The Sustainable Development Goals and Management Education – an Overview and Update

Over the past couple of years the international community has come together to create a range of far-reaching goals and targets to replace the previous set of goals, the Millennium Development Goals, which are set to expire at the end of this year. These cover a wide range of issues: social, environmental and economic. Their replacement, the Sustainable Development Goals (SDGs) have been undergoing development through a collaborative process engaging a wide range of stakeholders, including business through the UN Global Compact. This new set of goals will be agreed upon in September, and will come into effect on the 1st of January 2016. They will help guide national priorities as well as the work of business and other organisations for the next 15 years. For a background of the SDG process, read this previous Primetime post.

Why should management education care?

It is crucial that business school students are knowledgeable about these goals, the implications on business, and the impact that business can have. Each provide both risks and opportunities for businesses of all sizes, and opportunities for business schools to partner with local, national and international businesses on these priorities. The SDGs provide a wealth of opportunities for collaboration with business around research and new programme development. Explore further how management education can engage in this here.

What are the seventeen goals?

The SDGs are made up of seventeen goals and 169 associated targets. The goals are:

Goal 1 End poverty in all its forms everywhere
Goal 2 End hunger, achieve food security and improve nutrition and promote sustainable agriculture
Goal 3 Ensure healthy lives and promote well-being for all at all ages
Goal 4 Ensure inclusive and equitable quality education and promote lifelong learning opportunities for all
Goal 5 Achieve gender equality and empower all women and girls
Goal 6 Ensure availability and sustainable management of water and sanitation for all
Goal 7 Ensure access to affordable, reliable, sustainable and modern energy for all
Goal 8 Promote sustained, inclusive and sustainable economic growth, full and productive employment and decent work for all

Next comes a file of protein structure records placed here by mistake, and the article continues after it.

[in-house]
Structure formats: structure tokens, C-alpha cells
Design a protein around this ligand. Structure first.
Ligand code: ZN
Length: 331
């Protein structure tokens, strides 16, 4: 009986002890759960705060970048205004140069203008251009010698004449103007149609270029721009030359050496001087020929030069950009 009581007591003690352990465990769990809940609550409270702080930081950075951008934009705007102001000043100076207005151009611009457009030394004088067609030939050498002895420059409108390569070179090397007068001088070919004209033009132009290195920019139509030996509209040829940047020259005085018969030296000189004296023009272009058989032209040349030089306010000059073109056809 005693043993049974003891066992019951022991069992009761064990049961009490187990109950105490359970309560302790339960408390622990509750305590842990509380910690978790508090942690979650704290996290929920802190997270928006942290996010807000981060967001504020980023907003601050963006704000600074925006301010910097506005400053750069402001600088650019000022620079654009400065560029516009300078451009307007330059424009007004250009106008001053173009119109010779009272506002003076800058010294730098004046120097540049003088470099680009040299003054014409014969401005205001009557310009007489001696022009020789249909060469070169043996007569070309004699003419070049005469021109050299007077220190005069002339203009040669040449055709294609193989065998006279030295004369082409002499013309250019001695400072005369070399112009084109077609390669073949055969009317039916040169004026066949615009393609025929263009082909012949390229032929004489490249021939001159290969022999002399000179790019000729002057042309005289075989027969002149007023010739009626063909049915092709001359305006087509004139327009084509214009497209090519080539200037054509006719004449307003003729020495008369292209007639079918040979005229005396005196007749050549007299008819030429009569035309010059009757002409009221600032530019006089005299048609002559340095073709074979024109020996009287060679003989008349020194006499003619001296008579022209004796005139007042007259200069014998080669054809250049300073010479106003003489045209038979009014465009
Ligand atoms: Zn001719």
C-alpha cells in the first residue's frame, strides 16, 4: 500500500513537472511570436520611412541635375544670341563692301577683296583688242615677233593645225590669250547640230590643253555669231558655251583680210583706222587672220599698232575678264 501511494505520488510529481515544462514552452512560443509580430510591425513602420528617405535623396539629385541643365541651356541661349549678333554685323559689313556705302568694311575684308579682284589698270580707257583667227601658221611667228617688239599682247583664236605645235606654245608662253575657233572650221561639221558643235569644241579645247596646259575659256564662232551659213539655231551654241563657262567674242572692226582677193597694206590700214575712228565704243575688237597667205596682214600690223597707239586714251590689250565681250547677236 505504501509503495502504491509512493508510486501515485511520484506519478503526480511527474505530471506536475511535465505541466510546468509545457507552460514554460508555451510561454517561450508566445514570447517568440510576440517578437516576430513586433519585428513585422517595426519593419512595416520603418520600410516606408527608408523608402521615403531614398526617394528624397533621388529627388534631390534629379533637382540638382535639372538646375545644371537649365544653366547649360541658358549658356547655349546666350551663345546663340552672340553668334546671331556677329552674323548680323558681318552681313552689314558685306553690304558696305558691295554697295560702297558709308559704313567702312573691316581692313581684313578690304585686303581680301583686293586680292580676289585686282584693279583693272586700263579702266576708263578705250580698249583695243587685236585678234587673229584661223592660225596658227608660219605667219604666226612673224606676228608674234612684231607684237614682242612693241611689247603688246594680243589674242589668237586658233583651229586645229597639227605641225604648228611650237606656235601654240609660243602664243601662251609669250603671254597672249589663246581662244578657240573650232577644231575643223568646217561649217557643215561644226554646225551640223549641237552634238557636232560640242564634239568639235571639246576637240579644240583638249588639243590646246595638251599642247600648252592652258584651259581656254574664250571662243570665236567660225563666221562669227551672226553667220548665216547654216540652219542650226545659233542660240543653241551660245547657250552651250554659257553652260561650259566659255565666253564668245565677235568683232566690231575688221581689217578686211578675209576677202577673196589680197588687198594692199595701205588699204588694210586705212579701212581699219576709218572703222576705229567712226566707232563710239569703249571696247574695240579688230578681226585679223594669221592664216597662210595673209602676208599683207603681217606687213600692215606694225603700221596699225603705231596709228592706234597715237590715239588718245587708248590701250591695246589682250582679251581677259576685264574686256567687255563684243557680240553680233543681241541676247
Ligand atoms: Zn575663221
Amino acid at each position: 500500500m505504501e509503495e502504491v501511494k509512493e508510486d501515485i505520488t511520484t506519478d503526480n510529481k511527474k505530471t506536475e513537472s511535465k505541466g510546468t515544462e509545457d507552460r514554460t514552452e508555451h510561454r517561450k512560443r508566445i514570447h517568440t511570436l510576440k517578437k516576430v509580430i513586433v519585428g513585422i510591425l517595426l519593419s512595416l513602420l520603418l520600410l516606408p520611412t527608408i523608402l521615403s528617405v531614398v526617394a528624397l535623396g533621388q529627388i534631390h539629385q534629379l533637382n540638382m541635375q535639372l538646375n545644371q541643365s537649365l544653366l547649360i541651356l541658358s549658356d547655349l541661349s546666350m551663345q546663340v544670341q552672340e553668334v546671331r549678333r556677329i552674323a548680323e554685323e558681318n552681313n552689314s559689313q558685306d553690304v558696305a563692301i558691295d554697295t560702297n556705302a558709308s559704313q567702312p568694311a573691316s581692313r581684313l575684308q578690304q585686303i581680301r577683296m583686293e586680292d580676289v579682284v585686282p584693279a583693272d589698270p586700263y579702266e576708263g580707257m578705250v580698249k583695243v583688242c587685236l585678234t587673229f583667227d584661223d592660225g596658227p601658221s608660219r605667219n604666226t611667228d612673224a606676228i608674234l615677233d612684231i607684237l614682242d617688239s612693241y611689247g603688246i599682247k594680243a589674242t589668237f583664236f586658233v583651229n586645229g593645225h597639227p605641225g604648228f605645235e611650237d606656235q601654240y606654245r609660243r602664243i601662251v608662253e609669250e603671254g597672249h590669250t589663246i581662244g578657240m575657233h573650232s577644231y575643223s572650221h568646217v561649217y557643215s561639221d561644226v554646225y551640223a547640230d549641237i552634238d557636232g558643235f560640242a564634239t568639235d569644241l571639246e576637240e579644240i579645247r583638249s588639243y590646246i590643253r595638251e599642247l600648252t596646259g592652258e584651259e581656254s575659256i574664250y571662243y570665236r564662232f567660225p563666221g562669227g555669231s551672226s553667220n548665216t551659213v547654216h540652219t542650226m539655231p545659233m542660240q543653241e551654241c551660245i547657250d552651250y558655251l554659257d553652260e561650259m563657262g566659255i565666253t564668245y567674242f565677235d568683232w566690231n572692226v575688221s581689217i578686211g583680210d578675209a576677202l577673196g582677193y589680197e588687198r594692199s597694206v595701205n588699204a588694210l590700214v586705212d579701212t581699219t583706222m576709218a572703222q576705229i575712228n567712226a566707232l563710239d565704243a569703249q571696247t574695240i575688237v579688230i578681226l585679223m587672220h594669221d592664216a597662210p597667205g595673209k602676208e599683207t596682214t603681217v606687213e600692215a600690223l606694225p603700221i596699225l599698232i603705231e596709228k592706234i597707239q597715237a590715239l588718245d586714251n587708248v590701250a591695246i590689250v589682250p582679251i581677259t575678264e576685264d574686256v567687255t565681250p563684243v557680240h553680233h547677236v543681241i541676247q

Goal 9 Build resilient infrastructure, promote inclusive and sustainable industrialisation and foster innovation
Goal 10 Reduce inequality within and among countries
Goal 11 Make cities and human settlements inclusive, safe, resilient and sustainable
Goal 12 Ensure sustainable consumption and production patterns
Goal 13 Take urgent action to combat climate change and its impacts
Goal 14 Conserve and sustainably use the oceans, seas and marine resources for sustainable development
Goal 15 Protect, restore and promote sustainable use of terrestrial ecosystems, sustainably managed forests, combat desertification, and halt and reverse land degradation and halt biodiversity loss
Goal 16 Promote peaceful and inclusive societies for sustainable development, provide access to justice for all and build effective, accountable and inclusive institutions of all levels
Goal 17 Strengthen the means of implementation and revitalise the global partnership for sustainable development

How is the business sector engaged?

Based on extensive consultations with the Global Compact network of companies, a series of issue briefs were developed to explore the critical role business has to play in achieving the SDGs, and the willingness of the business community and higher education institutions to support the efforts of government and civil society in this work. A recently released document on the Global Compact and the SDGs explores why they are relevant to business The UN Global Compact and business internationally are committed to the SDGs.

What about the Millennium Development Goals (MDGs)?

The Millennium Development Goals Report 2015 was recently released. The report provides a final assessment of global and regional progress towards the MDGs since their endorsement in 2000. It shows that significant progress has been made across all goals and that the global efforts to achieve the MDGs have saved the lives of millions and improved conditions for many more around the world. The report also acknowledges uneven progress and shortfalls in many areas, which need to be addressed in the new SDGs.

What’s next?

A draft of the outcome document is now available, that will be signed by the Heads of State and Government of the 193 member States of the United Nations in New York from the 25-27 of September 2015. This document fully outlines all the goals and related targets. You can also follow the negotiations at the UN General Assembly live or watch past negotiations on UN WEB TV including the most recent intergovernmental negotiations, which took place on 22-25 June 2015.

Where to find out more?

Over the coming months I will be posting more information about the goals and how to engage students in them, as well as a range of resources that can be used in the classroom. For more information on the SDG process visit https://sustainabledevelopment.un.org and http://post2015.org. For updates on the UN Global Compact’s engagement in the SDG visit www.unglobalcompact.org. For past Primetime posts covering the SDGs, click here.

 

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